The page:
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dc.rights.licenseRestricted to current Rensselaer faculty, staff and students. Access inquiries may be directed to the Rensselaer Libraries.
dc.contributorDe, Suvranu
dc.contributorIntes, Xavier
dc.contributorYan, Pingkun
dc.contributorZhang, Lucy T.
dc.contributorLiu, Li (Emily)
dc.contributor.authorGao, Yuanyuan
dc.date.accessioned2021-11-03T09:22:12Z
dc.date.available2021-11-03T09:22:12Z
dc.date.created2021-02-22T15:32:18Z
dc.date.issued2020-08
dc.identifier.urihttps://hdl.handle.net/20.500.13015/2620
dc.descriptionAugust 2020
dc.descriptionSchool of Engineering
dc.description.abstractSecondly, we explore the possibility to emulate the current standardized surgical skill metric employed in the field, namely the FLS score, by combining neuroimaging data acquired during the task execution and machine learning methodologies for potentially fast and bedside implementation. In this context, we have validated a deep neural network, Brain-NET, that accurately predicts performance scores from hemodynamic data from the brain obtained using functional near-infrared spectroscopy (fNIRS). Furthermore, we are also currently implementing deep learning approaches to improve and speed up the fNIRS data preprocessing workflow towards enabling real-time implementation.
dc.description.abstractFirstly, we propose a machine learning methodology that could predict the learning curve features from the beginning of the training, which indicates that the training protocol could be personalized. We further defined a single factor that can describe how the learning curve parameters are related to each other.
dc.description.abstractLastly, we investigate the potentials of transcranial electrical stimulation (tES) in enhancing bimanual surgical skills. We performed a series of studies to explore the short term and long term effects of tES on surgical motor skill performance. Transcranial random noise stimulation (tRNS) enhances surgical motor skill performance in the short term, while transcranial direct current stimulation (tDCS) improves long term skill acquisition in decreasing surgical error. The concurrently acquired fNIRS data, while medical students performed an FLS task, elucidated a correlation between cortical activations as reported by fNIRS with tES excitation and improved performance.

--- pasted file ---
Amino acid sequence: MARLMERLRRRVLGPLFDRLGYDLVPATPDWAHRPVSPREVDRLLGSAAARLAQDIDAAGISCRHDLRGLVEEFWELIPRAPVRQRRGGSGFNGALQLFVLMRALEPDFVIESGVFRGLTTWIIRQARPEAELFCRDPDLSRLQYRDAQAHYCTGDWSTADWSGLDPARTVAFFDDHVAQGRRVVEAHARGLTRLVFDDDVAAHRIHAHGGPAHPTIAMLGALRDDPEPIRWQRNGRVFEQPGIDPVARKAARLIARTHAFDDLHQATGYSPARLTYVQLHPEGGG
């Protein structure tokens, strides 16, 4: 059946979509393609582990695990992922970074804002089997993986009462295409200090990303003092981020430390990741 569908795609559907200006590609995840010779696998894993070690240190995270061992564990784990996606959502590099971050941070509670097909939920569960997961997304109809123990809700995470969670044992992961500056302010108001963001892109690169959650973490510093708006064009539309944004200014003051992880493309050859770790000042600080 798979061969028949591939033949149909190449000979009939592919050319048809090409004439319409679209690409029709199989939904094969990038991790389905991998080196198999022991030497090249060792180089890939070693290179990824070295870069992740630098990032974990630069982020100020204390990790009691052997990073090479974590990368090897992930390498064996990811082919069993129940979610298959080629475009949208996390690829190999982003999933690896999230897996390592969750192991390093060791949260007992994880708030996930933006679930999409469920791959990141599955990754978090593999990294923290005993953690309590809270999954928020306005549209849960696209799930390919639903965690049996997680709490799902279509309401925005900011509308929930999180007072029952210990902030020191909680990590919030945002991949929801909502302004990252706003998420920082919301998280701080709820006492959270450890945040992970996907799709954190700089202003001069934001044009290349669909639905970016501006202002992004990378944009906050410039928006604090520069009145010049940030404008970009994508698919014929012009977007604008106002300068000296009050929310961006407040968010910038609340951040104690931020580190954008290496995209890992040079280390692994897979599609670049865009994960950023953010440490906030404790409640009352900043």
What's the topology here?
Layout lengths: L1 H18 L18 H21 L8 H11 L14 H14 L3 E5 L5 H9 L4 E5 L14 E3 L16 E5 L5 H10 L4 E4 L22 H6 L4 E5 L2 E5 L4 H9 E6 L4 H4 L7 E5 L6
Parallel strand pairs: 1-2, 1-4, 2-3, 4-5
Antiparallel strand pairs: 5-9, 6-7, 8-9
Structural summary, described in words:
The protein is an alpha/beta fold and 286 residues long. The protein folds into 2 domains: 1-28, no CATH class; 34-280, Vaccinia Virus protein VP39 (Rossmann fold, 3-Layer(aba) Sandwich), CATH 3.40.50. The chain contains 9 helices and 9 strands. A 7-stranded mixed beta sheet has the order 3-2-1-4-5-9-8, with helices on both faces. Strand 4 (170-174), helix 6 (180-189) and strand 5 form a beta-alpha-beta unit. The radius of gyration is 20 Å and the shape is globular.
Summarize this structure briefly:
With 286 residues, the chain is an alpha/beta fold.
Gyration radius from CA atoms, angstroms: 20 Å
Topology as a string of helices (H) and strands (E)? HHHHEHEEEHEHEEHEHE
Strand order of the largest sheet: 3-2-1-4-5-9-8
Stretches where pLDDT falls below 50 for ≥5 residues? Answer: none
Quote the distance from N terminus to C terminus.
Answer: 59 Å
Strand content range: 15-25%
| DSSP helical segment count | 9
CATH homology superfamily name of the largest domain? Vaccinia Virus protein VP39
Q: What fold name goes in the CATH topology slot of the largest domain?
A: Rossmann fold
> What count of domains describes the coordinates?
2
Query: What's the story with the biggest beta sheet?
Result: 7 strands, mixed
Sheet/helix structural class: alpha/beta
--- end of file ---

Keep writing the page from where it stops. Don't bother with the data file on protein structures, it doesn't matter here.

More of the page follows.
dc.description.abstractThe traditional surgical apprenticeship model of “see one, do one, teach one” that was standardized by Halsted more than a century ago is still in effect in residency programs around the world. Though, it has been greatly enhanced via the use of advanced technologies, such as training simulators as well as standardized tasks and assessment metrics. Notably, the Society of American Gastrointestinal and Endoscopic Surgeons (SAGES) and the American College of Surgeons (ACS) developed the Fundamentals of Laparoscopic Surgery (FLS) program. The FLS training and assessment portions of this program are prerequisites to board certification in general surgery and hence, impact every general surgery resident in the USA. Though, the current practice relies on scoring metrics that can suffer from subjectivity and inconsistencies while personnel intensive and time-consuming. Moreover, the current training protocols rely on repetitive execution of the tasks without remediation during the training leading to more practice than needed and a plateau that is less than the maximal potential level. In this project, we aim at enhancing the methodologies to assess surgical performance as well as investigating new approaches to facilitate surgical skill performance, acquisition, retention, and transfer beyond mere task repetition.
dc.language.isoENG
dc.publisherRensselaer Polytechnic Institute, Troy, NY
dc.relation.ispartofRensselaer Theses and Dissertations Online Collection
dc.subjectMechanical engineering
dc.titleImproving surgical motor skill assessment and acquisition via neuromodulation, neuroimaging, and machine learning
dc.typeElectronic thesis
dc.typeThesis
dc.digitool.pid180354
dc.digitool.pid180355
dc.digitool.pid180356
dc.rights.holderThis electronic version is a licensed copy owned by Rensselaer Polytechnic Institute, Troy, NY. Copyright of original work retained by author.
dc.description.degreePhD
dc.relation.departmentDept. of Mechanical, Aerospace, and Nuclear Engineering


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